Ray Mize passed away March 13, 2017 in Nacogdoches. He was 86 and lived a full life. Ray was a great friend of the SFA Gardens, the University and this community. I’ve known Ray since the 1980s. His wife Gayla was the light in his eye. She volunteered from the very beginning of the Arboretum and in all kinds of city beautification projects. Ray was always in tow. He was a cattleman and I ran a few head in Shelby County. He liked agriculture. I did too. So, we kind of connected. It was Gayla that brought him to loving flowers. Behind the scene, both Gayla and Ray had much to do with the creation of the Ruby Mize Azalea Garden. Of course, everyone knew Ray adored Gayla and for good reason; she was a very beautiful, sweet and special lady in our town.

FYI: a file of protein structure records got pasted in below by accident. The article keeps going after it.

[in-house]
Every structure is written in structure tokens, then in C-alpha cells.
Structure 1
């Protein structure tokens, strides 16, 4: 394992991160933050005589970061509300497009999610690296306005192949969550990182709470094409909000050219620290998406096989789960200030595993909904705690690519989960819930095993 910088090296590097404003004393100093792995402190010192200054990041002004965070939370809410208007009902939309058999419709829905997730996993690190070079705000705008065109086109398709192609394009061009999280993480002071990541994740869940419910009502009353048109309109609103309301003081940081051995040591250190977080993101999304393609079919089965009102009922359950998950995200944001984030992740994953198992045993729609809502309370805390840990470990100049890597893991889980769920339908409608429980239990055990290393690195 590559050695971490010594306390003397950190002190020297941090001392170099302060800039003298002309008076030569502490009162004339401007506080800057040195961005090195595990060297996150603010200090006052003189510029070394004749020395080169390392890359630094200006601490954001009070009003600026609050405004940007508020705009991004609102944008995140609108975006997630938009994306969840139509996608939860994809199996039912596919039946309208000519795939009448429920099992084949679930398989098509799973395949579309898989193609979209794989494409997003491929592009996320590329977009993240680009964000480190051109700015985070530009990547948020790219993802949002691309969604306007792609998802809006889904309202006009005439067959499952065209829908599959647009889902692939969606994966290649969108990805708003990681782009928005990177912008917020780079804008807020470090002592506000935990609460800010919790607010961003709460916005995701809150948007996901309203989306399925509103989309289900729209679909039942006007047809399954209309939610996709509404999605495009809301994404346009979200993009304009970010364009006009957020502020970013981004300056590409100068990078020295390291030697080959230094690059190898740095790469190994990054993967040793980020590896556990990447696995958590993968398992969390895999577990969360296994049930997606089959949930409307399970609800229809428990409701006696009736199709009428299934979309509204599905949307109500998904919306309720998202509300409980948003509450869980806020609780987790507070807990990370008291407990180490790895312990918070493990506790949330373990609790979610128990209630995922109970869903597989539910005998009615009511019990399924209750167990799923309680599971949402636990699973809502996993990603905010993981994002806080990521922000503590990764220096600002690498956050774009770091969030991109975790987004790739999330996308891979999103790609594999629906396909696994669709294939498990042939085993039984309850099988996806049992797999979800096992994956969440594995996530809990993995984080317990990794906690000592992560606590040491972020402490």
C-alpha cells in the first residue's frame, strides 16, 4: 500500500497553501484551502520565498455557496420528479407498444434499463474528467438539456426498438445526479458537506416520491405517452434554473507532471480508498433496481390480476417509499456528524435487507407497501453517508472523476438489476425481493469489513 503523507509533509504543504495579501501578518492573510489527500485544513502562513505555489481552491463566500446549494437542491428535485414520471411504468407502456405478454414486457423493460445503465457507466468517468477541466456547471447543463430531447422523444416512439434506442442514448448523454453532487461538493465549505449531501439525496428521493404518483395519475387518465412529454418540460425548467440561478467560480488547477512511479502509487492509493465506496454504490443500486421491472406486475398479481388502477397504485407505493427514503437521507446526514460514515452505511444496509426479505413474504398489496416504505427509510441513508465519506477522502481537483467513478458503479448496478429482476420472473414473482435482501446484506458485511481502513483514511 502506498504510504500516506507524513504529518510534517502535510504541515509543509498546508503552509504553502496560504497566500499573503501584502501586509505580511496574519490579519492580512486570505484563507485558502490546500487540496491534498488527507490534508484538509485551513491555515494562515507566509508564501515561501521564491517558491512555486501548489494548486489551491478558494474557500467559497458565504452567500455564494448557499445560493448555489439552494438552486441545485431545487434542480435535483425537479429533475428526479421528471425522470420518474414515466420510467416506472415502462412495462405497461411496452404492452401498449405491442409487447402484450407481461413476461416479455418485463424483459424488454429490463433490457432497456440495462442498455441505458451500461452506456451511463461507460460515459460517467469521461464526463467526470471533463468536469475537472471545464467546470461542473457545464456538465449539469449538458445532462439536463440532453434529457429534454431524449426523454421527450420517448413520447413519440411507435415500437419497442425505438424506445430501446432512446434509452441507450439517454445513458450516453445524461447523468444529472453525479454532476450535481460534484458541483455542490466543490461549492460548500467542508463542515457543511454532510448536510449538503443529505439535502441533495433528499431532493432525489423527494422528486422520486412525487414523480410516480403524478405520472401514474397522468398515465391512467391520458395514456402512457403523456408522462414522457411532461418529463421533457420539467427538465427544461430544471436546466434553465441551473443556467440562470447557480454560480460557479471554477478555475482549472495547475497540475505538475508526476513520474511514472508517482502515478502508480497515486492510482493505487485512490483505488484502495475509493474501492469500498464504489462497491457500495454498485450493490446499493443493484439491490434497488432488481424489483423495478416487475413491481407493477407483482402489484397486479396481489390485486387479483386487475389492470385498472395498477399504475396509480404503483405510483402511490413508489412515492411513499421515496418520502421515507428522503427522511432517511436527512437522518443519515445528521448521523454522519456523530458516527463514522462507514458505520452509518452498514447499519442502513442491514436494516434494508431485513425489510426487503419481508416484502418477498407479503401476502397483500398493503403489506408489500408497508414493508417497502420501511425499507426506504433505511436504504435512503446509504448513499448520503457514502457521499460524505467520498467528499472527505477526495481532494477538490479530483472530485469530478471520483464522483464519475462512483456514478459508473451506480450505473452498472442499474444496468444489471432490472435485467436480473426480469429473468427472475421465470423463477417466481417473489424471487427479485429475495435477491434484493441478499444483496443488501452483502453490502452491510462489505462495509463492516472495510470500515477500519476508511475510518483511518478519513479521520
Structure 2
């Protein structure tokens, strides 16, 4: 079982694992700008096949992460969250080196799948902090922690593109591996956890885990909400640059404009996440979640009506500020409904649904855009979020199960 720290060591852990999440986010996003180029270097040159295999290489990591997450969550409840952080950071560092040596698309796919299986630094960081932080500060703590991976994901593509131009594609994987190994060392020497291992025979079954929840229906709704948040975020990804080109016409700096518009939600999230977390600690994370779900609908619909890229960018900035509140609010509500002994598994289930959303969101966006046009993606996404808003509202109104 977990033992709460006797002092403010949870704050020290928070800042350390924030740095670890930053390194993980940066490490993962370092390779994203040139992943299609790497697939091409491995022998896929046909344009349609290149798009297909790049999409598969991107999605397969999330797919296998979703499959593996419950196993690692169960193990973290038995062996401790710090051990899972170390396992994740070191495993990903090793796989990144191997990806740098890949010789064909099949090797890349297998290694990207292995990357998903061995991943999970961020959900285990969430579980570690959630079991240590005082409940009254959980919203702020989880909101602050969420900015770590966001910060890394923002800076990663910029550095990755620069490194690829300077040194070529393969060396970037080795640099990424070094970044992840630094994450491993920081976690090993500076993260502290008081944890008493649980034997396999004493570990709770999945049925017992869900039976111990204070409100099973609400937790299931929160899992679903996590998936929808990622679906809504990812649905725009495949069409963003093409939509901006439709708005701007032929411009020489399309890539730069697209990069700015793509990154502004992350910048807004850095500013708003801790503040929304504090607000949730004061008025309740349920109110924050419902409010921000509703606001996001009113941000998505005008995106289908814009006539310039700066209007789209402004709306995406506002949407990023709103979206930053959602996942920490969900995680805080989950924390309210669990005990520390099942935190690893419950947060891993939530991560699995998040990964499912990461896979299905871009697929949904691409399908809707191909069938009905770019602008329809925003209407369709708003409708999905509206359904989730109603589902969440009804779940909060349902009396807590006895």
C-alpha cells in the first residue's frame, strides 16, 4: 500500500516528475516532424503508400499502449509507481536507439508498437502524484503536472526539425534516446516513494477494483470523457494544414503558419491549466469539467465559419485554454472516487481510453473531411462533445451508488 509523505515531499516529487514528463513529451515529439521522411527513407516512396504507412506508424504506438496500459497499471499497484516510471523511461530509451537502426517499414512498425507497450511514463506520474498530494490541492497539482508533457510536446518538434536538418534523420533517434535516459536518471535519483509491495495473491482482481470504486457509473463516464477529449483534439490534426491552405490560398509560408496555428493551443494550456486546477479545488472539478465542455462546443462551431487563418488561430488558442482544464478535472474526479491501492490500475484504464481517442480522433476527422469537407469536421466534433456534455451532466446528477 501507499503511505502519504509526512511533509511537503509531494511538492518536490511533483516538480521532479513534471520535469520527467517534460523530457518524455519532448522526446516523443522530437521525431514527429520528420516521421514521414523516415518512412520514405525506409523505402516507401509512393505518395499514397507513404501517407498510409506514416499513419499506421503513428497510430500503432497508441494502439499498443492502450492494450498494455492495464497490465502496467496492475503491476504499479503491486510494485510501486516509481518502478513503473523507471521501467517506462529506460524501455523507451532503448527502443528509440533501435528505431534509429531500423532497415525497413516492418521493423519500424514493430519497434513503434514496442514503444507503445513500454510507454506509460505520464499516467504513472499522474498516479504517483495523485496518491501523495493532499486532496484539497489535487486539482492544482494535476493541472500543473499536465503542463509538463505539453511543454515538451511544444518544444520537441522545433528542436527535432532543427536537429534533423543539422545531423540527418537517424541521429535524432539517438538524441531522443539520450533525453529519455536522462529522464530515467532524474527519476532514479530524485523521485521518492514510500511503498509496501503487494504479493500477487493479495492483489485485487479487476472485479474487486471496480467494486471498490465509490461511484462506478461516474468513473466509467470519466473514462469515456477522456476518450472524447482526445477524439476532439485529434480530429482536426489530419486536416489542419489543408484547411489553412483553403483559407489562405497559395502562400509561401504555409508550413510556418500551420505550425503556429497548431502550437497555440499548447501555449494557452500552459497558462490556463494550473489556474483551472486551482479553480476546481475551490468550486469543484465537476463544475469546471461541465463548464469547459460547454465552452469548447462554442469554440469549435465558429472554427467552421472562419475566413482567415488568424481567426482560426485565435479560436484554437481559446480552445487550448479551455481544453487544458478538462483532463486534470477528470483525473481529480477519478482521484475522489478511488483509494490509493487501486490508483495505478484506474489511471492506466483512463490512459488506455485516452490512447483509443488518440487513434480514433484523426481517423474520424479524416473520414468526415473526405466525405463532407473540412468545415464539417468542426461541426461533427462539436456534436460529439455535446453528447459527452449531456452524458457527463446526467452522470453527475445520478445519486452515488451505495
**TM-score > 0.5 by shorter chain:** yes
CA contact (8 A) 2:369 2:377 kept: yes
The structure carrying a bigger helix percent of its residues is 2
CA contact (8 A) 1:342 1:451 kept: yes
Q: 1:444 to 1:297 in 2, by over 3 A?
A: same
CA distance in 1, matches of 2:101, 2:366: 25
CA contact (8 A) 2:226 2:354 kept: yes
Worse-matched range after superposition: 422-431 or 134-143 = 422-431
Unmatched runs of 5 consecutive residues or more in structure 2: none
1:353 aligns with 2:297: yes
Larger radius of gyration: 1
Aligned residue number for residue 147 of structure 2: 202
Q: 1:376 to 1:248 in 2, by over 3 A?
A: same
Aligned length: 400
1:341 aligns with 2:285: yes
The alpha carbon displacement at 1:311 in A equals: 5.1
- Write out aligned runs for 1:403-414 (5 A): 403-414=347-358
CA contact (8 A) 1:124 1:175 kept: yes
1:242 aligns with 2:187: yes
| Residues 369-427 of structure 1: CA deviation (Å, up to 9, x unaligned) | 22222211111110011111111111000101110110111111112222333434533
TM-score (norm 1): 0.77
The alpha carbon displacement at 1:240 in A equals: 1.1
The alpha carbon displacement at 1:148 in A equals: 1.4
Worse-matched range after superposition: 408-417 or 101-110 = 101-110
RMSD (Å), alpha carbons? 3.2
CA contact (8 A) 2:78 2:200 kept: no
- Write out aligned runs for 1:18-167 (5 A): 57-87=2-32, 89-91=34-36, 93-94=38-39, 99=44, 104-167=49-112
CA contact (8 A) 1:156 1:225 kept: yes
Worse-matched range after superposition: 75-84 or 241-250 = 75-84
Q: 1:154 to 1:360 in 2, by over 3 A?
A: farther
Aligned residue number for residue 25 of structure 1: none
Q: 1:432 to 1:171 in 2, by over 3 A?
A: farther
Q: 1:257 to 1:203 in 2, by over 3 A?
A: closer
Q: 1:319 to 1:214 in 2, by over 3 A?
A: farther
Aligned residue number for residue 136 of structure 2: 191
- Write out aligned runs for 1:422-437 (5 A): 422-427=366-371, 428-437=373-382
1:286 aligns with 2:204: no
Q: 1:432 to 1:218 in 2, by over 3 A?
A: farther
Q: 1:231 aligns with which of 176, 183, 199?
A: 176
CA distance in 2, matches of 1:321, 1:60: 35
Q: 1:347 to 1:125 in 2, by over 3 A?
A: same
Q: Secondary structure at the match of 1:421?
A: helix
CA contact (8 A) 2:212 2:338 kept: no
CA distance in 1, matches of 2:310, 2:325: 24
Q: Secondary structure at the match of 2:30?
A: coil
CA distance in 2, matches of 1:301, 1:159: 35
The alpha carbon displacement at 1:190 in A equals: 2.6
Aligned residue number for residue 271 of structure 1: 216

The road to the Gayla Mize Garden was a long one. There’s about 68 acres of land along University Drive that was owned by SFA. In 2008, Dr. Mike Legg in Forestry and Michael Maningas in Recreation submitted a Texas Parks and Wildlife proposal for a trails project. The proposal needed collaborators and some matching funds. That was us; SFA Gardens stepped up and as part of the deal, I wanted to name the property SFA Recreational Trails and Gardens (SFARTG). They agreed and the University agreed. Over a mile of trails came together and the SFARTG was dedicated in March 2010. Well, time passed and the trails were there but no garden. We did plant a line of the purple spider azaleas Koromo shikibu that are the front of the Ruby Mize Azalea Garden, but that was about it. There’s a reality at universities: no money, no garden.